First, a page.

Australia’s rapidly ageing population means that financial advisers will increasingly need to deal with clients who die, and with support their grieving families.

Advisers who have experienced the death of a client will understand how stressful it is for those left behind to navigate their financial affairs.

Spouses, siblings and children are often looking for leadership, creating an opportunity for advisers to demonstrate the value and importance of a trusted advice relationship.

In times of economic crisis, such as a recession or market crash, financial advisers are an obvious first port of call. During times of personal crisis, they should also be the go-to person for clients and their families.

In the case of a client passing away, advisers should be able to quickly and confidently provide all necessary financial information and documentation to family members. Think HINs, SRNs, original wills, cost-base information for assets, insurance policies and beneficiary details.

The volume and quality of this information comes down to trust. It can take years for some people to fully trust their adviser. Many people don’t share everything up-front. However, as trust builds through time together and the consistent delivery of quality advice, more information is divulged.

Documentation becomes critical

Documenting client conversations and taking comprehensive notes has always been important but it becomes even more so as people age and their cognitive function gradually declines.

Older people may not perfectly recall the details of every client meeting but a trusted adviser who really understands their situation, preferences and goals, and has detailed notes, will have the information to fill in any gaps for them.

Traditionally, this information has been stored all over the place, making it difficult and time-consuming for advisers and their staff to locate and retrieve. Often valuable information is lost or discarded because the disparate data collected has traditionally had no logical home.

Not having a single source of truth can lead to frustration and inefficiency. But with digital advice tech solutions, advice businesses can create a repository of clients’ financial lives.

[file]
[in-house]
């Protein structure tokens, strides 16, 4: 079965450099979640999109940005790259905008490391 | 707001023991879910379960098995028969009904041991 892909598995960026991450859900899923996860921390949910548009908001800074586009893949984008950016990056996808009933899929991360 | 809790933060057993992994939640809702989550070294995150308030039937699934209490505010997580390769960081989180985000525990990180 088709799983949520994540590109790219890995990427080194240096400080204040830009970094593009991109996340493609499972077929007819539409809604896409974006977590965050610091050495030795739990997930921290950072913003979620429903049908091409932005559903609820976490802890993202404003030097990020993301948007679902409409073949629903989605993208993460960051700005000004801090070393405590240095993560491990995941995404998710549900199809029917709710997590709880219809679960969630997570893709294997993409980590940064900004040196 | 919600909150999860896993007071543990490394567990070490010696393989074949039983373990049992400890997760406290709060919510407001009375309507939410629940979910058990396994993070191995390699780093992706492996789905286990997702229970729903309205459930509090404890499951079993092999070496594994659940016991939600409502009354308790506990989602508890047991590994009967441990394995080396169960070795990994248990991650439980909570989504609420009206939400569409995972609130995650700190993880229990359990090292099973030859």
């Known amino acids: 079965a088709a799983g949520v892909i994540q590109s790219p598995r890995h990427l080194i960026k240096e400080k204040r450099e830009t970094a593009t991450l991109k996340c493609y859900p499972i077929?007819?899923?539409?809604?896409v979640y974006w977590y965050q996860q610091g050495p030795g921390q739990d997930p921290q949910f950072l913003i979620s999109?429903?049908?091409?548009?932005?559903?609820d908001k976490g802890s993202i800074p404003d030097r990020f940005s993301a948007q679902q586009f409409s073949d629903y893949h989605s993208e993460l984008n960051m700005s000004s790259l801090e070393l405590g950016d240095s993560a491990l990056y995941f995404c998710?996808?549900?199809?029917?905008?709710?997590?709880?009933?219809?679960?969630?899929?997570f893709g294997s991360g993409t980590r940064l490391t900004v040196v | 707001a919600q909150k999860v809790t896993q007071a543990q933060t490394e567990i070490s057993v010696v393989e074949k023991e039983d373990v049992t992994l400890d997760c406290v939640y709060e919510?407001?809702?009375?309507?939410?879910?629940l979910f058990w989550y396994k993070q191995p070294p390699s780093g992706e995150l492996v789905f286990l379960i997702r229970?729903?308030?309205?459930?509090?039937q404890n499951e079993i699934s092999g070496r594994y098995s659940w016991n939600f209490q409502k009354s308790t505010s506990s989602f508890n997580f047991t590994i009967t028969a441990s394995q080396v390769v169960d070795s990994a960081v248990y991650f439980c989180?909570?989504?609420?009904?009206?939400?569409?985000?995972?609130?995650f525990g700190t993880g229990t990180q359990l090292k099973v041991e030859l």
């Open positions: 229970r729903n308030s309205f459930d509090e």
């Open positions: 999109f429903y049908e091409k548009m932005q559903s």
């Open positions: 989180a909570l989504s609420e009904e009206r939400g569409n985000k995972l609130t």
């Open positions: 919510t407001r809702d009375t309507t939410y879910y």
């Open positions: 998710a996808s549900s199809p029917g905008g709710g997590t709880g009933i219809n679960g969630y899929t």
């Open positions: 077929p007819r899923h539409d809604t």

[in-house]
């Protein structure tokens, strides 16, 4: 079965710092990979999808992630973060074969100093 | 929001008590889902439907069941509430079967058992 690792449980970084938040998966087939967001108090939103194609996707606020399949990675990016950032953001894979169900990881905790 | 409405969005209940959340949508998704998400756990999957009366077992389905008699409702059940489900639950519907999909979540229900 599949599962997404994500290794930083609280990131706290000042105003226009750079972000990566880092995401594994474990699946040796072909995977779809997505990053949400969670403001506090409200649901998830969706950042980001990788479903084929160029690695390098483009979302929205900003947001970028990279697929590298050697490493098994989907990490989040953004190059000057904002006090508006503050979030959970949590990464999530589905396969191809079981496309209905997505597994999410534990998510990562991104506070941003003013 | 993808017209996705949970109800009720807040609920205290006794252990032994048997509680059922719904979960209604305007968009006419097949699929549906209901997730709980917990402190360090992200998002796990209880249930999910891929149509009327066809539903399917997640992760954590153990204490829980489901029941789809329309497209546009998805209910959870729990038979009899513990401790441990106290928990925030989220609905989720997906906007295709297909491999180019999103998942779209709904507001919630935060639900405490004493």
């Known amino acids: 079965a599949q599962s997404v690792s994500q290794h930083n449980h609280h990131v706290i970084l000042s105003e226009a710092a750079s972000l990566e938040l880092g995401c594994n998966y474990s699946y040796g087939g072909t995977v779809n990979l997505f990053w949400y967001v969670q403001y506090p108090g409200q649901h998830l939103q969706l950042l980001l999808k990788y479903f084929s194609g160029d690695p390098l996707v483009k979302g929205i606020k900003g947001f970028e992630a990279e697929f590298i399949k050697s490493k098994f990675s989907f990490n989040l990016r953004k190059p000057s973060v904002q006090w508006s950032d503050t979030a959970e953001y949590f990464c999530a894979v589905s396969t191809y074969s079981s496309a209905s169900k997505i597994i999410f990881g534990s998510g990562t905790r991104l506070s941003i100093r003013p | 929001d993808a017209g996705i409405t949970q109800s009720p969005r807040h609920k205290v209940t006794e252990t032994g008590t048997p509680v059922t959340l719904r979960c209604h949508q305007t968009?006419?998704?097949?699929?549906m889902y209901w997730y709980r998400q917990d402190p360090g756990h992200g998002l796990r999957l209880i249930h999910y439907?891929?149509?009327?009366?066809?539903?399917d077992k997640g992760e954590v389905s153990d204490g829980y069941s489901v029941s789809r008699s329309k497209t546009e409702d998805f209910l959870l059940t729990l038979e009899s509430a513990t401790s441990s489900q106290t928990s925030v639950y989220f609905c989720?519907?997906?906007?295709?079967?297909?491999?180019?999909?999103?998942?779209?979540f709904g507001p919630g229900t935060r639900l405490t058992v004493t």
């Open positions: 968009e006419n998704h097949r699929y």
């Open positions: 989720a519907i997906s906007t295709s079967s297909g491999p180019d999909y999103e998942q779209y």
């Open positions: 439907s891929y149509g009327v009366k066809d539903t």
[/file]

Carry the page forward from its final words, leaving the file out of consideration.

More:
Information can be continuously collected, updated and stored in one secure, convenient place. The longer and richer the client relationship, the more information collected.

Currently, Australians inherit around $120 billion in assets every year. Over the next 25 years, that is forecast to rise to $500 billion per annum, according to the 2021 Productivity Commission report.

By 2050, around $3.5 trillion will have changed hands, as the Baby Boomers die and pass on their wealth to their children and grandchildren. This unprecedented intergenerational transfer will have significant economic and social impacts, yet studies show only a small percentage of children maintain a relationship with their parents’ advisers.

The main reason for this is that they have had no interaction with their parents’ advisers. Children often also presume they have different financial goals and attitudes about money to their parents, deeming their parents’ adviser incompatible.

Missing a timely opportunity

Advisers are missing a timely opportunity to establish a relationship with their clients’ children and heirs and, by doing so, to grow their business.

It’s important to understand that a relationship with a clients’ extended family – and even with their children – is not automatic and requires significant effort to develop. They need to form bonds with their clients’ children well before the wealth transfer occurs.

A good strategy for an older adviser with long-term older clients might be to introduce a younger associate to the mix when meeting with the children.

While it’s generally accepted that older people prefer to deal with people close to their own age, a good financial adviser is valuable at any age.

At its core, financial planning is about knowing clients well enough to make recommendations that meet their needs and objectives. Some of these needs and objectives are only apparent because the right questions were asked. Some of these questions were only truthfully answered because trust had been established.

Advice can only be as good as the information it is based on. Advisers can secure their position as trusted adviser for this generation and the next by taking steps to collect, update and store accurate, up-to-date client information.

Paul Moran is the Founder of iFactFind and principal of Moran Partners Financial Planning.

One comment on “Death and data open doors to a new generation of clients”
    Julie Matheson

    Great article Paul. Experiencing the death of a loved one is an emotional ride, not only working out their financial situation and legal capacity, but how best to process their cherished possessions, the things they have carried with them since being a child, their trophies, awards, and collectibles. Sharing this with a trusted financial planner always helps to cement the long-term benefits of the client/family relationship.

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